Ultimately, I think Microsoft needs to produce a more abstracted rating and content model - the current system is better than what they used to have, but is starting to suffer volume overload. I'm a great fan of filtering via combination of tags (e.g. arcade, indie, action, mature, platform, puzzle), personally...

Anatoly Ropotov
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@juice uk: Anyone here willing to ditch their notebook in favor of HDTV with a long cord mini-keyboard? How about some internet browsing with TiVo or Wii? Bleh. Tried that, never worked, cause the whole TV+keyboard concept doesn't work. The text gets blurry, bad for your eyes, content rendering sucks, no Flash scaling, etc.

Funny that you bring anti-piracy in question. Before a product is accepted at XNA, it goes through some testing. Do you think someone will be able to squeeze a C# emulator into a mini-game that will get approved and they will provide a way to download mini-games from the internet? Nah, that same moment the app will be pulled and the system wouldn't be able to connect to the real internet before it's authenticated at LIVE and is verified against the blacklist.

Anti-cheating? LOL. How would enabling C# XNA access in a secure virtual machine would make cheating possible? There's no access to the file system anyway. (You were already able to cheat with cable plug-in/plug-outs to take advantage in some games, save games, etc. Most of it is either obsolete or blocked by now).

Actually Sony was one of the first to provide a real homebrew devkit with Yaroze. I remember playing so many Yaroze games from PSOne demo discs - that japanese sensible soccer clone was AWESOME.

Steps in the right direction? Well, the step in the right direction is an AppStore. "Guys, here is our platform, here's our devkit, sorry for the lame acceptance process and NDA, we've removed the last bit and FREAKING ENJOY THE PLATFORM!!! YOU MAKE OUR PLATFORM COME TRUE!"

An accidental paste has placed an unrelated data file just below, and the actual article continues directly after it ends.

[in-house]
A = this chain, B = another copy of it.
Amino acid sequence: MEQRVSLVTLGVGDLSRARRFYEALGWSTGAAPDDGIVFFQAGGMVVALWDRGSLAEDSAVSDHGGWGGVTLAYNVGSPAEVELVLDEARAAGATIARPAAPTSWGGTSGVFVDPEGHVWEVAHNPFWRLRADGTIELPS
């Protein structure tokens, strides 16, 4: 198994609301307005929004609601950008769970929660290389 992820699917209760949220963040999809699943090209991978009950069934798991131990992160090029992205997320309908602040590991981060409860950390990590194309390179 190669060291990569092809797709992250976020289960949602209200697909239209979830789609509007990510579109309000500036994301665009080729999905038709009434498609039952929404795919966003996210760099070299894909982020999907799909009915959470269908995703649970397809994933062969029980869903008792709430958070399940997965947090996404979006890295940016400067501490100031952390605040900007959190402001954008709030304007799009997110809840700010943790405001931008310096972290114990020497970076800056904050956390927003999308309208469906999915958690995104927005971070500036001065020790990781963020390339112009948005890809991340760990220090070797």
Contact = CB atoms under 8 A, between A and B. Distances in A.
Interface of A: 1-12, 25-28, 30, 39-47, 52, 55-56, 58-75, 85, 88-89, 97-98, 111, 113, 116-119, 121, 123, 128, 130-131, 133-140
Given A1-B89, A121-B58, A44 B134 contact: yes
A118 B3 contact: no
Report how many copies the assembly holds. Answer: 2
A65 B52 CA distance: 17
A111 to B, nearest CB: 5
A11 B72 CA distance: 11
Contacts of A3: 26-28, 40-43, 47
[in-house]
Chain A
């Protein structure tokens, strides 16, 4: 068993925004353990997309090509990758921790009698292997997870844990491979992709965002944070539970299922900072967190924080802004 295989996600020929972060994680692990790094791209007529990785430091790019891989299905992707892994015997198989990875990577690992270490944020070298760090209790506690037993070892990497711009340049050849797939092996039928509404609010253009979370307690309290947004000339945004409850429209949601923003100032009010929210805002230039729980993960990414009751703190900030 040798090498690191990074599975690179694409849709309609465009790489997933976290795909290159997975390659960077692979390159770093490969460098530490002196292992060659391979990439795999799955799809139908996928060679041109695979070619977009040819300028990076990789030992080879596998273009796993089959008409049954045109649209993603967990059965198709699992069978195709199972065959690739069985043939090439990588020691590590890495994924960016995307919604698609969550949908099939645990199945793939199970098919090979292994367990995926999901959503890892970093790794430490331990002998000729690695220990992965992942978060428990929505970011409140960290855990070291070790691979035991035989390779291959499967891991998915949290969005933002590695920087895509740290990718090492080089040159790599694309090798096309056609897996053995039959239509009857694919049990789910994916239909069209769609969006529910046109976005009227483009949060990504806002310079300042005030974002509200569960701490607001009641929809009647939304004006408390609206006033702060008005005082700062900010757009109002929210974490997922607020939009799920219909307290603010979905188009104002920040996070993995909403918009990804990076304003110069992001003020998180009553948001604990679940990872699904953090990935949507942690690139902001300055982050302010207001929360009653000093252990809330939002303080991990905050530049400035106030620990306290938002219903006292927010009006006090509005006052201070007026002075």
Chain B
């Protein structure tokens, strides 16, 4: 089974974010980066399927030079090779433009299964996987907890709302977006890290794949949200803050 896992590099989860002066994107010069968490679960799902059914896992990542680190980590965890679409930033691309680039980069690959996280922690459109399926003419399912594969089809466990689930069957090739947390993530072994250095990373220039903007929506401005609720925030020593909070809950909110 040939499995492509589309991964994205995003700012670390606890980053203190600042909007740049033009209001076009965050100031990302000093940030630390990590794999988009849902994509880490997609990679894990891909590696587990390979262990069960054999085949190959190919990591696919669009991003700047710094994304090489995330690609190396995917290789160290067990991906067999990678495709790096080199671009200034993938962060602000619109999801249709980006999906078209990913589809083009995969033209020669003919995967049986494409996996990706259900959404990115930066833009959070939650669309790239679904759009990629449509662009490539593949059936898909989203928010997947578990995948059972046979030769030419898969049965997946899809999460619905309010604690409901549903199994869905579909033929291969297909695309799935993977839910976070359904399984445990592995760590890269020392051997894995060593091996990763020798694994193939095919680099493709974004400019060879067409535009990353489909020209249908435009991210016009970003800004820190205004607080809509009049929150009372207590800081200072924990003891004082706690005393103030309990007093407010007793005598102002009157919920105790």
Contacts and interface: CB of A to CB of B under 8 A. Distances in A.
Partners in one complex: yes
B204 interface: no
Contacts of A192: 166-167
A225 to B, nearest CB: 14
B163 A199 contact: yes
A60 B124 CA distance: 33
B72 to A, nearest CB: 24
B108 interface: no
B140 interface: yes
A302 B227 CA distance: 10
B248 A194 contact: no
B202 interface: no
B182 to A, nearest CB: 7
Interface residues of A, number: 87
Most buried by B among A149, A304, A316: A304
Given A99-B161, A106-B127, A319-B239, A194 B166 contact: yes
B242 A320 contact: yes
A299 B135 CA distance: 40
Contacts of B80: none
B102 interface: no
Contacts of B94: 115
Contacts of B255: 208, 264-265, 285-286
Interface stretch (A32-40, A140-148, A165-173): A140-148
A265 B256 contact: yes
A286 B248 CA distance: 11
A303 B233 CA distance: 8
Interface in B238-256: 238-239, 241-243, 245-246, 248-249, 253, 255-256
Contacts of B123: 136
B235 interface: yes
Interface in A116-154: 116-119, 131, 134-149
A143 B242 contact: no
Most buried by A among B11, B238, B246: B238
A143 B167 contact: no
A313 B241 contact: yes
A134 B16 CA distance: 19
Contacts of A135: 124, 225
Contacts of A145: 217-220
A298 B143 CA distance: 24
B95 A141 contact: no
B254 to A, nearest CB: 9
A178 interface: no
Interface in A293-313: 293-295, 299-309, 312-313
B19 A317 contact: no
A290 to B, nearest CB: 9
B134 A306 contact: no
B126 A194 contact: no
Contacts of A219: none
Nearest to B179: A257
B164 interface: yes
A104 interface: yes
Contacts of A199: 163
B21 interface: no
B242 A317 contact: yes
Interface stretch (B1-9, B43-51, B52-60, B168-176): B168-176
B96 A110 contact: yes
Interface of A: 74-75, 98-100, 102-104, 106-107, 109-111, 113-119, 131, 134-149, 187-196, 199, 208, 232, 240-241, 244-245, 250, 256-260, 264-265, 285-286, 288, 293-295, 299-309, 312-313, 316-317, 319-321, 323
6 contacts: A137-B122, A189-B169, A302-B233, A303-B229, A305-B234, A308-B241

So what is exactly the difference between XNA and AppStore? Restrictions. Restrictions. Restrictions.

The only reason they don't want to do it is to provide some strangers alternative ways of earning money. Basically MS flows along the stream and doesn't want to bring anything that could cannibalize their current biz model. How about free to play Facebook apps on Xbox as widgets that you could pop in during Gears of War?

If they would've delivered XBLA for PC with micro-transaction support (08/14/2007 - Microsoft has announced that they will be releasing a new update this holiday season for their Games for Windows Live development tools allowing developers to put their Xbox Live Arcade titles on the PC.) they would've revolutionized casual market with a great platform. But it's still nowhere to be seen, right? Besides that, have you tried the worst game launcher of all times "Games for Windows - LIVE 2.0 Setup"? I guess XBLA for PC at that rate is never coming in, unless Zune team will step in along with Windows 7 guys. These guys know the meaning of innovation.